Opeth benefits well from the perspective of hindsight. For more than 20 years the Swedes, led by singer-songwriter Mikael Åkerfeldt, have taken their audience on a journey loaded with stylistic twists and turns. Every new album features new surprises, new developments, new signposts in Opeth’s continuing evolution as a band. Yet for every surprising moment that throws listeners for a loop, those surprises make more sense when considering Opeth’s career arc. A neophyte might wonder how band could evolve from the death/doom metal extremity of the 1995 debut Orchid to the ornate, highly melodic progressive rock sounds of 2014’s Pale Communion, but looking at every one of the band’s 11 albums, that metamorphosis turns out to be rather graceful.
The first seven or eight years of Opeth’s discography serves as the first rising act of that arc. From Orchid through three subsequent albums – 1996’s Morningrise, 1998’s My Arms, Your Hearse, 1999’s Still Life – the band further refined its sound, whether tightening the structure of the habitually meandering songwriting, embracing cleanly sung vocals to offset Åkerfeldt’s death metal growl, or learning to balance the expressive nature of the band’s musicianship with its firmly established extreme side. If there’s one common opinion from both fans and critics about Opeth’s early era, it’s that 2001’s Blackwater Park was the complete realization of that early sound, in which all ingredients coalesced most seamlessly. At the time Åkerfeldt similarly felt the need for a change, and the next two albums would not only be a marked departure but would signal a new era of unprecedented experimentation and growth.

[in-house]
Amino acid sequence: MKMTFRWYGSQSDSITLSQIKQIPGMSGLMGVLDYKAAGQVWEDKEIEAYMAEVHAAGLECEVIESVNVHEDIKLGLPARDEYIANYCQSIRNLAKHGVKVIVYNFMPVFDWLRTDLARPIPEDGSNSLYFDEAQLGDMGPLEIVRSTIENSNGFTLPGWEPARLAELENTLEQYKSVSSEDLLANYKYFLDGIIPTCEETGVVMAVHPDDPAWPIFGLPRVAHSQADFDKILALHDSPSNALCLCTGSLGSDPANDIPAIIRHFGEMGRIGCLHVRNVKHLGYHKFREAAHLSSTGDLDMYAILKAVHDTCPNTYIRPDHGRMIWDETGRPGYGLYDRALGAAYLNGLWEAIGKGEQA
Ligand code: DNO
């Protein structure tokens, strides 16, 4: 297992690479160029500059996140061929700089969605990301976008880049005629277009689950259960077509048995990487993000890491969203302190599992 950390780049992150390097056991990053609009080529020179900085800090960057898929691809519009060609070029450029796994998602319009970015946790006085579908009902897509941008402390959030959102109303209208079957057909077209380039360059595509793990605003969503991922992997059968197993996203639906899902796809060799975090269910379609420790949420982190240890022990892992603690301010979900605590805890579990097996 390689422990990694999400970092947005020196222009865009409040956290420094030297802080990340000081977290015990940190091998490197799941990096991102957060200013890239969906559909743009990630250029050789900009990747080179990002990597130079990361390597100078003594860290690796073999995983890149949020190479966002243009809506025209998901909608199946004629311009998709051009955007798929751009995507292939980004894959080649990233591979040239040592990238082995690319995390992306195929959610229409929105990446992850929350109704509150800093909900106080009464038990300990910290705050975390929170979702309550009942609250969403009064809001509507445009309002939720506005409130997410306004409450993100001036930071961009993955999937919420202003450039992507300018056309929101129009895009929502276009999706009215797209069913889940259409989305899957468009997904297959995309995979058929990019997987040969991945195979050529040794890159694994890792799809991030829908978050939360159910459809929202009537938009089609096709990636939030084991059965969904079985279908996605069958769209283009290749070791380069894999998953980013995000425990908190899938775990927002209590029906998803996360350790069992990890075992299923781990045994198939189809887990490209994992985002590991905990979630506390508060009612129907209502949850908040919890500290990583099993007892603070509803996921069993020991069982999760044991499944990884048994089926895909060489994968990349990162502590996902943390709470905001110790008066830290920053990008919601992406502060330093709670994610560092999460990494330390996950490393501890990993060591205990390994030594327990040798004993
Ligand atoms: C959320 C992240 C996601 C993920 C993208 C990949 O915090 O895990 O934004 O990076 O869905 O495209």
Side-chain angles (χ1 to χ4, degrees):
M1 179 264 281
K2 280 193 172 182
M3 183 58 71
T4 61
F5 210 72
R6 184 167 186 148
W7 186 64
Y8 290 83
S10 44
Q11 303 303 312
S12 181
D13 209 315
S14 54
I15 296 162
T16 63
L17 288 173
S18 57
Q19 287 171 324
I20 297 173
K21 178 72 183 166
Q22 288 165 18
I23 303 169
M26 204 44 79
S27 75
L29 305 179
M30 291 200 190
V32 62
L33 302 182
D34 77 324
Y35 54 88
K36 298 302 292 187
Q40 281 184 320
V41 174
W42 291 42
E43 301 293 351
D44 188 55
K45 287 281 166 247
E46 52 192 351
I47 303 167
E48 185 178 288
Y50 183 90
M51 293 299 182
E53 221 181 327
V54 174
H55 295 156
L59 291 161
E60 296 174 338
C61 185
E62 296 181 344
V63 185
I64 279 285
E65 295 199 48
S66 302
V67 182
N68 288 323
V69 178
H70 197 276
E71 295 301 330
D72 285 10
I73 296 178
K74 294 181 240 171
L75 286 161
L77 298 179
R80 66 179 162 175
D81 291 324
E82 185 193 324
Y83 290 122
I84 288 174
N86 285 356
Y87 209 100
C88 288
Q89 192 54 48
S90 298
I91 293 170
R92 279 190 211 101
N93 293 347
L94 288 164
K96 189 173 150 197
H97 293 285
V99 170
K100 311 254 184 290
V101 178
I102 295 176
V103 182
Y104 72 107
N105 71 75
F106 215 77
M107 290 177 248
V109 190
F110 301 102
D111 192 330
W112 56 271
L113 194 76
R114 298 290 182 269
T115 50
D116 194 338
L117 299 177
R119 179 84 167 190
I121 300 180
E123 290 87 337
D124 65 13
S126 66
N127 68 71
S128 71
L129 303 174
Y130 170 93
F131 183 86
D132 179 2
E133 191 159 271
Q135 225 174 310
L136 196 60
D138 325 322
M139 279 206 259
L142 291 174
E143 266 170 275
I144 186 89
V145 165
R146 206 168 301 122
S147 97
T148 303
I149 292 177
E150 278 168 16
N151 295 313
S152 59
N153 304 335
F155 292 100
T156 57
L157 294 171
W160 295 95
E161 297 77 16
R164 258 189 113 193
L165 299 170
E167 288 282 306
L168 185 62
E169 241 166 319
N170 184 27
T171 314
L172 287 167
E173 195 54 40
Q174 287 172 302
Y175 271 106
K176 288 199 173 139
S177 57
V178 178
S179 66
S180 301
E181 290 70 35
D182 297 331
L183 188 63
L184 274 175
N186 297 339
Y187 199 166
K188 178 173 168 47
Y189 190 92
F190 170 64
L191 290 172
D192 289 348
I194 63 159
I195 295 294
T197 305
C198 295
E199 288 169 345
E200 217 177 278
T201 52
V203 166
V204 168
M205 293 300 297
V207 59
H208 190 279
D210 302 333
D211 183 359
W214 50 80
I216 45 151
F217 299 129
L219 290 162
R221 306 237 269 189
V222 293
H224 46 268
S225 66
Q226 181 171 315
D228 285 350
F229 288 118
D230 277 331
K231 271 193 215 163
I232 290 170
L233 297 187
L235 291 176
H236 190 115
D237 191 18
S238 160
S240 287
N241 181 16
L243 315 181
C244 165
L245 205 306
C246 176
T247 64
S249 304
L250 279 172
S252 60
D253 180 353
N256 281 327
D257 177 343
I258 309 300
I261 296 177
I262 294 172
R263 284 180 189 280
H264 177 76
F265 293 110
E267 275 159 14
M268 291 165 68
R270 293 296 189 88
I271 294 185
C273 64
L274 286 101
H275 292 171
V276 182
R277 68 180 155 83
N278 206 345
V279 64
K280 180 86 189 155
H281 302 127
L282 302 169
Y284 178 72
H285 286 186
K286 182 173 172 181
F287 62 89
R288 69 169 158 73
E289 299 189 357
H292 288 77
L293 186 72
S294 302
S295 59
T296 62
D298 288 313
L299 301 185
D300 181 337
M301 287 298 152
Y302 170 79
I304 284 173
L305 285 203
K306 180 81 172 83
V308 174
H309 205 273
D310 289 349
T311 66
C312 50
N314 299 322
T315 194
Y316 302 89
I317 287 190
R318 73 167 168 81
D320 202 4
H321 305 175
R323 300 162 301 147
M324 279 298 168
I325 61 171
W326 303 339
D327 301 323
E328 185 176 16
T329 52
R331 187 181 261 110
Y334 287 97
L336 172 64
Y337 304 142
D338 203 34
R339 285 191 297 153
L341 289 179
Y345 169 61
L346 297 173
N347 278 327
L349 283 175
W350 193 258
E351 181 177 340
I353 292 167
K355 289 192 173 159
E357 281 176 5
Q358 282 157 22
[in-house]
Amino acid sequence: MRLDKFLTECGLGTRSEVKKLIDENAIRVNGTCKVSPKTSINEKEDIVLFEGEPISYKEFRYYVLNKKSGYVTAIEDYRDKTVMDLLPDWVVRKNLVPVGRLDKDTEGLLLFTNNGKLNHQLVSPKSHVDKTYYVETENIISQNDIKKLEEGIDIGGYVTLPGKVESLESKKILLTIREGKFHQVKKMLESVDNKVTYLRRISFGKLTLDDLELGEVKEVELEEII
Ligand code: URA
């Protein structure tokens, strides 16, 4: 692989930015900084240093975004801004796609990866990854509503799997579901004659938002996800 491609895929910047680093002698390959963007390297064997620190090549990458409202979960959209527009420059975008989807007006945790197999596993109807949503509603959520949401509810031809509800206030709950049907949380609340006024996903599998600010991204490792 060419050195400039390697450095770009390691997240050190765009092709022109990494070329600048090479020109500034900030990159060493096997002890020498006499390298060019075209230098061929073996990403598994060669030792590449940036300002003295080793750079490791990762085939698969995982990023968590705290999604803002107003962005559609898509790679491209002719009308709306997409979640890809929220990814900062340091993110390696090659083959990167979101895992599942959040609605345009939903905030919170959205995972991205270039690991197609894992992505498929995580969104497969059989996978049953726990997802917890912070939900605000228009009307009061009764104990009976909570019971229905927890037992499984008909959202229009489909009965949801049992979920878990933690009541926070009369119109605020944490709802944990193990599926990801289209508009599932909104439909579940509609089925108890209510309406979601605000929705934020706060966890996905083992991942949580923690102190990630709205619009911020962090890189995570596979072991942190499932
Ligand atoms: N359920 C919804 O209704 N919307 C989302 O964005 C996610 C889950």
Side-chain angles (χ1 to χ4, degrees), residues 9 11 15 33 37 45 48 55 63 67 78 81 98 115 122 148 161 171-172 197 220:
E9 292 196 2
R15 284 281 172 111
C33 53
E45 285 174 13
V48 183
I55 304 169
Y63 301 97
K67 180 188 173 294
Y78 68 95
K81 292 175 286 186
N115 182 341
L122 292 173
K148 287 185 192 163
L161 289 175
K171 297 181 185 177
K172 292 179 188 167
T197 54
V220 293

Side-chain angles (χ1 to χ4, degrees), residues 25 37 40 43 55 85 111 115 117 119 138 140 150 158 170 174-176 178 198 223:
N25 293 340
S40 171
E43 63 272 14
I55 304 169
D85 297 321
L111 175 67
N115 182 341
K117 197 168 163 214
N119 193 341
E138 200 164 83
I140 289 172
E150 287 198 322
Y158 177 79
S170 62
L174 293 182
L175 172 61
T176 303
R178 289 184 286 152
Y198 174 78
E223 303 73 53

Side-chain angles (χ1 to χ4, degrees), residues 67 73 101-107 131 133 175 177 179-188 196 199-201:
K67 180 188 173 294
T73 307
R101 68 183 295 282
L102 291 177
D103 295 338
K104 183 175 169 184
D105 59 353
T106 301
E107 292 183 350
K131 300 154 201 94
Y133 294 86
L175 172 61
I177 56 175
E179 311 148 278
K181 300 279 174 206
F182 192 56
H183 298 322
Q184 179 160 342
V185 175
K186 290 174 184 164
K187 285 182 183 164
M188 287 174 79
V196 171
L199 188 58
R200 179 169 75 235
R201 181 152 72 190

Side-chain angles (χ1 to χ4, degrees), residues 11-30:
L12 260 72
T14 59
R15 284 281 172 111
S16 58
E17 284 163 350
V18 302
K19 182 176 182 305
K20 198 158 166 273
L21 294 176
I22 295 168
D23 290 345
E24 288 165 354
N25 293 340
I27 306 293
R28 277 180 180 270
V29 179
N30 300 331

For a change of place, Åkerfeldt decided to offer two distinctly differing explorations of Opeth’s light-and-shade hybrid, in the form of a double album. One disc would delve into the darker, heavier side of the Opeth sound, while the other would expand upon the band’s rapidly developing melodic side. Partially influenced by Blackwater Park co-producer and kindred spirit Steven Wilson, Åkerfeldt felt the need to somehow liberate himself further in his music, and the end result was Deliverance and Damnation, a sprawling, 105-minute experiment that showcased how much Opeth had grown, and how limitless future possibilities had become.
Clearly not thrilled with the prospect of selling an expensive double album, record label Music For Nations refused to release the opus as a double album, instead releasing Deliverance and Damnation individually, five months apart in late 2002 and early 2003. Both were greeted with much acclaim, but being forced to compromise creative freedom in favor of a quick buck stick’s in an artist’s craw, and13 years later Deliverance and Damnation have finally been re-released as Åkerfeldt had intended, featuring brand new remixes and remasters of both records, as well as five-channel surround mixes on DVD.